The Washington Post

Gio Gonzalez has been throwing bullpen sessions to Jorge Posada

In the offseason, Miami-area native Gio Gonzalez trains at the University of Miami. And it was there one day that Gonzalez somehow went from having no one to catch his offseason bullpen sessions to having a major league veteran, five-time all-star and four-time World Series champion crouching behind the plate for him.

Jorge Posada and Gonzalez work out at the same gym at the school. The two met, and Gonzalez, 28, mentioned that he didn’t have anyone to catch his upcoming bullpens. The two share the same agency, ACES, but Gonzalez later jokingly insisted that he wasn’t trying to drop a hint to the retired Posada, who played 17 years for the Yankees. But Posada, 42, who lives in Miami, instantly volunteered.

“He goes, ‘When are you throwing your next bullpen?’” Gonzalez said at NatsFest on Saturday. “I thought he was ready to say, ‘I’d love to go see it.’ He was like, ‘Nah, I’d love to catch it.’ I stepped back and was like, ‘Nah, is this for real? You messing with me? I would love for this to happen.’ He says, ‘More than happy to.’”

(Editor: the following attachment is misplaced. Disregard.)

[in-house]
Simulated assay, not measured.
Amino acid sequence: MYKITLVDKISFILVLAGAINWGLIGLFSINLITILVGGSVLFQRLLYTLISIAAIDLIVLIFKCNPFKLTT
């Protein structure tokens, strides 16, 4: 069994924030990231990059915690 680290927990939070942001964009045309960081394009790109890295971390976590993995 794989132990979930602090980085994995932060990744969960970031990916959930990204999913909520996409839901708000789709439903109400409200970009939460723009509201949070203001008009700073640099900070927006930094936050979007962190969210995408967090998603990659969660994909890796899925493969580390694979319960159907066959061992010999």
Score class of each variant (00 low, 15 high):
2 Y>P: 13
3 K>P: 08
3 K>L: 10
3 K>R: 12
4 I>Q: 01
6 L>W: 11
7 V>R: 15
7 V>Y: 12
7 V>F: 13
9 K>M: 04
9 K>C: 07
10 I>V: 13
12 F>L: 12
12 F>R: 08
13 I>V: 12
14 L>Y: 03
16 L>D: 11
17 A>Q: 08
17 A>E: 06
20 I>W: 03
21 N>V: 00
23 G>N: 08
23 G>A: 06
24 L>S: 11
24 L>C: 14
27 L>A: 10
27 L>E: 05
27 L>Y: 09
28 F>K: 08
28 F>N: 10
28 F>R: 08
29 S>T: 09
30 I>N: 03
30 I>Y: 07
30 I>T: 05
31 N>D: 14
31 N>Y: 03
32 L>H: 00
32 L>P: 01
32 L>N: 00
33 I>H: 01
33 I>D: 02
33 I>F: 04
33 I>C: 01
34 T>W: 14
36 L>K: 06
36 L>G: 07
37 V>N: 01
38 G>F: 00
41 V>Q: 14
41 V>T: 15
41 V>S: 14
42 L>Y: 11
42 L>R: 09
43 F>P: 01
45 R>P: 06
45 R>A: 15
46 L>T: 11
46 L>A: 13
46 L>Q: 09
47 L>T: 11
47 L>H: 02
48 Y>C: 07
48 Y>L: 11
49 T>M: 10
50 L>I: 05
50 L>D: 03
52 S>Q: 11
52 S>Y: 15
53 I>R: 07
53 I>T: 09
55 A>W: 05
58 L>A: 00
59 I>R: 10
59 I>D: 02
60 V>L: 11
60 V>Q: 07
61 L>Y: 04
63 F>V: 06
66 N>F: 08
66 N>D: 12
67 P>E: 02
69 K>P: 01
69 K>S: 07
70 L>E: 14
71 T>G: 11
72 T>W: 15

Posada showed up for the first bullpen session without a mask or catcher’s equipment, just a glove. “This guy!” Gonzalez thought to himself. Gonzalez was so worried he would hit his catcher that he stuck mostly to fastballs and made sure he kept the pitches high, just in case he unfurled one low at the unprotected Posada. By their third bullpen session together, Posada told Gonzalez to throw everything, even his curveball. Gonzalez has been ecstatic about the experience.

“He’s a great mentor,” said Gonzalez, who is entering his third season with the Nationals. “I always dreamt about pitching to Jorge Posada. It’s not that often you get a guy that’s that happy to catch a bullpen for you, especially with four titles. He’s an inspiration, an idol.”

Before, during and after the sessions, Gonzalez and Posada talk. Gonzalez admits he is star struck, wide-eyed and open-eared around Posada, gleaning tips on everything from pitching mechanics to mental approaches.

“You just sit there and listen,” Gonzalez said. “How many times you gonna have a four-title guy giving you information? … He keeps it nice and loose. He’s a Latin ballplayer, too, so we communicate in English, Spanish. He’s just one of the guys you idolize so much that you don’t wanna say something to shatter that friendship. I think that’s he just unbelievable. You let him do all the talking.”

James Wagner joined the Post in August 2010 and, prior to covering the Nationals, covered high school sports across the region.



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James Wagner · January 27, 2014

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